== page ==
Global natural gas prices climbed higher Monday amid supply disruptions and sweltering heat. 

Gains for the Henry Hub contract led the way, as the U.S. benchmark traded near a three-year high Monday with the hottest weather of the summer in the United States on the way Tuesday. 

Henry Hub picked up where it left off last week, when futures rose significantly. The seven contracts between August 2021 and February 2022 broke through resistance at $4.00/MMBtu last week, noted EBW Analytics Group. Weekly natural gas cash prices soared along with lofty temperatures and strong cooling demand throughout much of the Lower 48. NGI’s Weekly Spot Gas National Avg. for July 19-23 jumped 16.5 cents to $3.780. 

Hot weather and cooling demand has left U.S. storage inventories low at 176 Bcf below the five-year average. Feed gas deliveries to U.S. liquefied natural gas (LNG) export terminals are also at full throttle, consistently averaging 10 Bcf/d over the last week and helping to support prices. 

Global LNG demand remains high, keeping Japan-Korea Marker (JKM) prices in Asia firmly in the mid-$14/MMBtu range and the Title Transfer Facility (TTF) benchmark in Europe above $12.  Given the spread between Asian and European prices, more American cargoes are headed for Asia. 

“U.S. deliveries to both regions remain well in the money, though profit margins to Asia now sit an average of 98 cents/MMBtu over Europe in September and October,” Wood Mackenzie analysts said Friday. Asia has accounted for nearly 40% of all U.S. LNG cargoes this year, according to NGI data.

Asian demand remained strong Monday despite Typhoon In-Fa making landfall in eastern China over the weekend. Tens of thousands were evacuated amid heavy rainfall and high winds. Operations at two LNG import terminals in Shanghai and LNG truck deliveries from a terminal in Zhousan were reportedly disrupted. Supplies were also squeezed by the delay of six full LNG vessels due to the typhoon, according to market research firm Kpler.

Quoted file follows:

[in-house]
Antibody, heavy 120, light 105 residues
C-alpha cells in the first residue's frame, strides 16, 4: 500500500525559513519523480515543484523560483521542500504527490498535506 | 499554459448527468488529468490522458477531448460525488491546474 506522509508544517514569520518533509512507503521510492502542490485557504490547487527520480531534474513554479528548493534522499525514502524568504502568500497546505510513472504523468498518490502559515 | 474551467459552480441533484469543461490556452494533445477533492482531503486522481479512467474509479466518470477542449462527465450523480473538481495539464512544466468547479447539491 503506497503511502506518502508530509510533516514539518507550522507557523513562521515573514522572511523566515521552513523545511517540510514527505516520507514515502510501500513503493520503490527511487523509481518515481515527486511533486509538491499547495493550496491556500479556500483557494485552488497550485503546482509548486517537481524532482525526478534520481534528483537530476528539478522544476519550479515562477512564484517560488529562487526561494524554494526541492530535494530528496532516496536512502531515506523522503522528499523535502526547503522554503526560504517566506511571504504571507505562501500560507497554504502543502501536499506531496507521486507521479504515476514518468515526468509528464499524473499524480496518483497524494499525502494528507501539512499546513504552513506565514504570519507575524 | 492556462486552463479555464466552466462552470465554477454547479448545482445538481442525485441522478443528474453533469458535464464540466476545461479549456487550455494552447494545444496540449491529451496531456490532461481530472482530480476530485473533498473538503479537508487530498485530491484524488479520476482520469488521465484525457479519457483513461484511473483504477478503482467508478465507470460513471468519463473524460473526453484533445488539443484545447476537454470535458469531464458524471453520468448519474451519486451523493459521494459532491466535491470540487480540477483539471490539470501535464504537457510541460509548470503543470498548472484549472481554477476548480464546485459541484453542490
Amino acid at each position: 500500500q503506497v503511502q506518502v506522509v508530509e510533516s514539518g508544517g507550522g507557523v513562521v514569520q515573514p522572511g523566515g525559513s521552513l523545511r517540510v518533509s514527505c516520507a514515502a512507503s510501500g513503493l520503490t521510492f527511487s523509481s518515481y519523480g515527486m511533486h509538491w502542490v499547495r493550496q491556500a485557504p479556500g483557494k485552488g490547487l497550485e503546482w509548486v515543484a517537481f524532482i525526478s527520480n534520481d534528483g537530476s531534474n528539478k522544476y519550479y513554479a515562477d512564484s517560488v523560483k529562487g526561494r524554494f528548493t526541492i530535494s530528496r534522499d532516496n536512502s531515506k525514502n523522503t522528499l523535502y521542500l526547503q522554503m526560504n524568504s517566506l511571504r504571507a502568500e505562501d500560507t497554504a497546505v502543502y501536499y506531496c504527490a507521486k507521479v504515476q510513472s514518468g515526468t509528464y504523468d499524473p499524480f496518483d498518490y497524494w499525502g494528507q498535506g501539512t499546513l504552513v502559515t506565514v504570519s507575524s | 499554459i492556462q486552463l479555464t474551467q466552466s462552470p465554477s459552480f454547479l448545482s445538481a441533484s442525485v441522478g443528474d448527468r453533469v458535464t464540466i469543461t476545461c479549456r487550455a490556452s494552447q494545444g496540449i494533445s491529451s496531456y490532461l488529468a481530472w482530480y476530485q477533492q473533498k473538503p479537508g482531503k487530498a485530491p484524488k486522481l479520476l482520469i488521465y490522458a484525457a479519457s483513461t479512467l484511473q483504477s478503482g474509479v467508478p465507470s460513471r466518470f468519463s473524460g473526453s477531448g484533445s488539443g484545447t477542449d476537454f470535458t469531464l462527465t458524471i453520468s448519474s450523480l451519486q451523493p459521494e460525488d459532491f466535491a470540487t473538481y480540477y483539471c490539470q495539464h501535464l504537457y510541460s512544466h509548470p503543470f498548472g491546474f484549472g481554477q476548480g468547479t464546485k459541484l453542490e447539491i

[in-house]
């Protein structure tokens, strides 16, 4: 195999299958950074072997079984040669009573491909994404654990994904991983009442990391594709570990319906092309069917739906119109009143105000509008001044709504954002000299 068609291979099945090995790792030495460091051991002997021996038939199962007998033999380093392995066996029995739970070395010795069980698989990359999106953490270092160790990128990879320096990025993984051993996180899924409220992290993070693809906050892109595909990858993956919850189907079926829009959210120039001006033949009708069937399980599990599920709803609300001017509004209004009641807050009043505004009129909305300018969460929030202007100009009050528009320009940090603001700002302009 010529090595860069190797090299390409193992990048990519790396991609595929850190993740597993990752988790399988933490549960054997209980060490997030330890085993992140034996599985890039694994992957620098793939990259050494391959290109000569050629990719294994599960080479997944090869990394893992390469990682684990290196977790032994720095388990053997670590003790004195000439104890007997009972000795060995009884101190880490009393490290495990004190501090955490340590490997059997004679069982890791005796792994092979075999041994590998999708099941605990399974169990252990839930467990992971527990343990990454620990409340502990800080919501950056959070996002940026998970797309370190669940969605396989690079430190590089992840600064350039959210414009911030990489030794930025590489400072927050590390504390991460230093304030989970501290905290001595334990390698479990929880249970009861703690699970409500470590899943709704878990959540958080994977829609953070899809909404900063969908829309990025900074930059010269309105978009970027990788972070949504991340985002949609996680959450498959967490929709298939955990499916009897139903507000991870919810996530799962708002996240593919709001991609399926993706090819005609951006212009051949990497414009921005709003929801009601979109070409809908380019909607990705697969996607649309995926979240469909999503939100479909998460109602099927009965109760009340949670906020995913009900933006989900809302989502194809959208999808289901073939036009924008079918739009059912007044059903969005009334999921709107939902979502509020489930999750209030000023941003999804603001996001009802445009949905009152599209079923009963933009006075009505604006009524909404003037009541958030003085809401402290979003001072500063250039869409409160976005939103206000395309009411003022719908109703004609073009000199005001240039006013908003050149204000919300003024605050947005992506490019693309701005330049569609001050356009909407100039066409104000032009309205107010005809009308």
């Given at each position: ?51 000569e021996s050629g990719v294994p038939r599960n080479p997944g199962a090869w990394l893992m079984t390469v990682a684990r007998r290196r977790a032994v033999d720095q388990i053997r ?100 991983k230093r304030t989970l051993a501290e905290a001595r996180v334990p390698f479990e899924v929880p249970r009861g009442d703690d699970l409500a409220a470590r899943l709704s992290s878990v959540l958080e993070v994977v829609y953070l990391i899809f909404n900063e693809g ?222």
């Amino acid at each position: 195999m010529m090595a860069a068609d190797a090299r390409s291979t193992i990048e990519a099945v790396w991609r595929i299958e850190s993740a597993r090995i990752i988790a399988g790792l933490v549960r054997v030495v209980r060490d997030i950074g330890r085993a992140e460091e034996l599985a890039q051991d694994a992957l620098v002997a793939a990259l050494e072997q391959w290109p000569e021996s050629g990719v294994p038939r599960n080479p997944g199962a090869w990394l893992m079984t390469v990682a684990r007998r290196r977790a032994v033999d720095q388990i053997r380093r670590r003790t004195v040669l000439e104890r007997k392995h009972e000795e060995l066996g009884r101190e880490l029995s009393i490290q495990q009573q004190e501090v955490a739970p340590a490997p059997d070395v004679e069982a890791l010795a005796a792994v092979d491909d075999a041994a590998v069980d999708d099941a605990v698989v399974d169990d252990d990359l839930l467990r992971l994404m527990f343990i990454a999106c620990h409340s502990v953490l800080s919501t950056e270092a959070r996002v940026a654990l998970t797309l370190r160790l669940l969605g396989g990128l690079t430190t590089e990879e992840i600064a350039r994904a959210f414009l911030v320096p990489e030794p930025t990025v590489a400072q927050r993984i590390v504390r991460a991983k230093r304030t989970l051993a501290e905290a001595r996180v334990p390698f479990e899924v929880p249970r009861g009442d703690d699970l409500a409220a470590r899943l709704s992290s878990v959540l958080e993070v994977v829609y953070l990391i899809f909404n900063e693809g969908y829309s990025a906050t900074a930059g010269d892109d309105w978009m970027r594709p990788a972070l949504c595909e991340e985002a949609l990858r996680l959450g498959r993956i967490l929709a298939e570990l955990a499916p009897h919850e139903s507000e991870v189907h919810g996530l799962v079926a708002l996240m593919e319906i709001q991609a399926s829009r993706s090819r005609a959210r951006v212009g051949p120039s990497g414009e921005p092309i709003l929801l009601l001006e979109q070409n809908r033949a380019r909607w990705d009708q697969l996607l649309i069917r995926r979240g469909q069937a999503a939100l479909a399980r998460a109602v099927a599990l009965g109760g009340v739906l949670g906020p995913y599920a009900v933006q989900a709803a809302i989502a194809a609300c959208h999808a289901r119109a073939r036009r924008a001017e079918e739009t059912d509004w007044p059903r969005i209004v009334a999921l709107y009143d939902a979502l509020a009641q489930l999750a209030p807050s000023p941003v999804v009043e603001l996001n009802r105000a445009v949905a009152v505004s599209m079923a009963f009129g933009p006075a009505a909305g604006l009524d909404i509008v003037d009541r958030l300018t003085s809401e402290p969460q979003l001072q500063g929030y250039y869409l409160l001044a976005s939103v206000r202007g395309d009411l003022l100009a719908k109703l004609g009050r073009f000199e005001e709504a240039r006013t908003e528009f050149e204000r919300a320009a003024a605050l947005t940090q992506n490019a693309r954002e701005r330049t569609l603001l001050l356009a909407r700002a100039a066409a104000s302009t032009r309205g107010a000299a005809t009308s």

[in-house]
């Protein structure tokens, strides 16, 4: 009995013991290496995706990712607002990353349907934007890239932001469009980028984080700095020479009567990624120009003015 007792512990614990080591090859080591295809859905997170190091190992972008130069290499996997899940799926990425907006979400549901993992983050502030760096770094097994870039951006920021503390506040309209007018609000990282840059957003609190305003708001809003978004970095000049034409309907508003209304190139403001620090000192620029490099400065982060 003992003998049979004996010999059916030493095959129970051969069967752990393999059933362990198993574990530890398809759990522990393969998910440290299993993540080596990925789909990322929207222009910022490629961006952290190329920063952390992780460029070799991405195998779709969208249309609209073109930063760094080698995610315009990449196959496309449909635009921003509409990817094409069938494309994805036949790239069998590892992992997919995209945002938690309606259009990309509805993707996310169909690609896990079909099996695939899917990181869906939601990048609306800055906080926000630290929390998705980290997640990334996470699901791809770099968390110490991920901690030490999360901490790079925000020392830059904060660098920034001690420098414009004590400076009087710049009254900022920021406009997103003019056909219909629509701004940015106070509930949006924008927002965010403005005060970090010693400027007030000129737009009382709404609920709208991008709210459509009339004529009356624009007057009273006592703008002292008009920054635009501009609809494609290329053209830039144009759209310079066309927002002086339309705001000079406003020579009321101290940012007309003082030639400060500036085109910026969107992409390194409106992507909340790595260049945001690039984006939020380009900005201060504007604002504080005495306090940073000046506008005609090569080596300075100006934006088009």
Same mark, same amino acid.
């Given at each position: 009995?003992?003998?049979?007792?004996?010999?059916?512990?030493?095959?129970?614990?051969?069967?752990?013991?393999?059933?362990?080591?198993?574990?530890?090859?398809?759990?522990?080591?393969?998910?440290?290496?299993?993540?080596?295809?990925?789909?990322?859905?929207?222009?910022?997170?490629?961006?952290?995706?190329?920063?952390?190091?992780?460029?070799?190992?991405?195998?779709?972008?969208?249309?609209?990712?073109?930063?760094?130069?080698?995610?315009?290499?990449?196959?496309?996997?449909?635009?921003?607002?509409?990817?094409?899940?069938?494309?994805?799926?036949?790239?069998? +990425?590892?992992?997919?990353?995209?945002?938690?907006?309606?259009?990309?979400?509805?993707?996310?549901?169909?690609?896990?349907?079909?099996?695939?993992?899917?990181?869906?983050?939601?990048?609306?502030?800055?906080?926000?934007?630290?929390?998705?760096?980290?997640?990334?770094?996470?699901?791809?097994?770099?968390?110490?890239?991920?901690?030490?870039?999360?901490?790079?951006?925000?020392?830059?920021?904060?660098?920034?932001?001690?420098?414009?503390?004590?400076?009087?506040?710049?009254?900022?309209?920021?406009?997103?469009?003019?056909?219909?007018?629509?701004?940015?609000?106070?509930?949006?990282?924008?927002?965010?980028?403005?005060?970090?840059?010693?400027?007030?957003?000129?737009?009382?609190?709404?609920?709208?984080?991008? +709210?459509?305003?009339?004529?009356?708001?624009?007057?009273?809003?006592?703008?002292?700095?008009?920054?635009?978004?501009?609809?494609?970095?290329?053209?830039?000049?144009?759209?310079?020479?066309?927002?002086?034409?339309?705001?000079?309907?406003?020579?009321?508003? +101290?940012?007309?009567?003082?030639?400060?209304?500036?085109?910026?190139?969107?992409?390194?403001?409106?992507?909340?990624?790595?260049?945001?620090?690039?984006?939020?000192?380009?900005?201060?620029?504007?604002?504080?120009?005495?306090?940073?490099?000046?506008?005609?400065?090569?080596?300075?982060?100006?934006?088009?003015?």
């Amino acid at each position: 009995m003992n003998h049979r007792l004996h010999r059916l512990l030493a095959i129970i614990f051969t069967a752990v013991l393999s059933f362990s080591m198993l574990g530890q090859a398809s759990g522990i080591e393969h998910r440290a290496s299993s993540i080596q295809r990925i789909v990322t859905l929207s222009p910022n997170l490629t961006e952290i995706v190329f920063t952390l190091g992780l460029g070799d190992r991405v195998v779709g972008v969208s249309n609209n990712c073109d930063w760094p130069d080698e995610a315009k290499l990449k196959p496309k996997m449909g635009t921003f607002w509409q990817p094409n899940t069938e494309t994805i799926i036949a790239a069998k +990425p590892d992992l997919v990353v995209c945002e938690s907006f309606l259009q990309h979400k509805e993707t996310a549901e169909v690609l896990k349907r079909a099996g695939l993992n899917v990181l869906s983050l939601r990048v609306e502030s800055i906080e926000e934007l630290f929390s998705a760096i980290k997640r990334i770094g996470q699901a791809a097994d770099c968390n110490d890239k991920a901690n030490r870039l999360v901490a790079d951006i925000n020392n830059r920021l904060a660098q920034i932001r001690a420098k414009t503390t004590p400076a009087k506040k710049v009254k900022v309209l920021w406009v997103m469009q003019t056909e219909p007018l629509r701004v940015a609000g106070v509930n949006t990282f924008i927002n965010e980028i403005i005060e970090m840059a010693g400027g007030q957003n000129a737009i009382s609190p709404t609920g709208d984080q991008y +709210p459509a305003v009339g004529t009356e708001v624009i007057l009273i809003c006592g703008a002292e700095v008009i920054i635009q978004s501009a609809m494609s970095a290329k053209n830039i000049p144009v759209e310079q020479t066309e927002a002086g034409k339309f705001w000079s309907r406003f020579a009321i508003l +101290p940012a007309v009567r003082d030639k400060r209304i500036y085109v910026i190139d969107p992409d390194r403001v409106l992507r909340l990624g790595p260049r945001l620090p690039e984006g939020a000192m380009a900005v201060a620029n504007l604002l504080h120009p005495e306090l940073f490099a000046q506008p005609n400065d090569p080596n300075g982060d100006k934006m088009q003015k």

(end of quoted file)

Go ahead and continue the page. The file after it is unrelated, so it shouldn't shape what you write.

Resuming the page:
Meanwhile, hot temperatures in Japan over the next week or so are expected to drive more electricity demand. Prices in Asia have pulled cargoes away from Europe. Wood Mackenzie said Friday that LNG deliveries to the continent were down by three cargoes week/week and are nine short of its short-term forecast. 

European prices remained strong last week despite an announcement between the United States and Germany that will allow Russia’s Nord Stream 2 pipeline to be completed. Prices fell Friday after Nord Stream 1 started flowing again after maintenance, but quickly rebounded Monday. 

“The restart of Nord Stream 1 could exert a downward pressure on gas prices today,” analysts at Engie EneryScan said early Monday. “However, low stock levels and strong Asia JKM prices remain supportive and could contribute to limit losses.”

TTF closed higher Monday as Norwegian imports declined and carbon prices moved higher. European storage inventories are also at 54% of capacity — the lowest they’ve been at this time over the last five years. 

The European market will turn its attention to Ukraine’s auction for interruptible pipeline capacity on Tuesday. Russia’s Gazprom PJSC has elected not to take additional capacity to move more natural gas through Ukraine to Europe in each of the last three monthly auctions. The company has not participated in the auctions despite record high prices on the continent.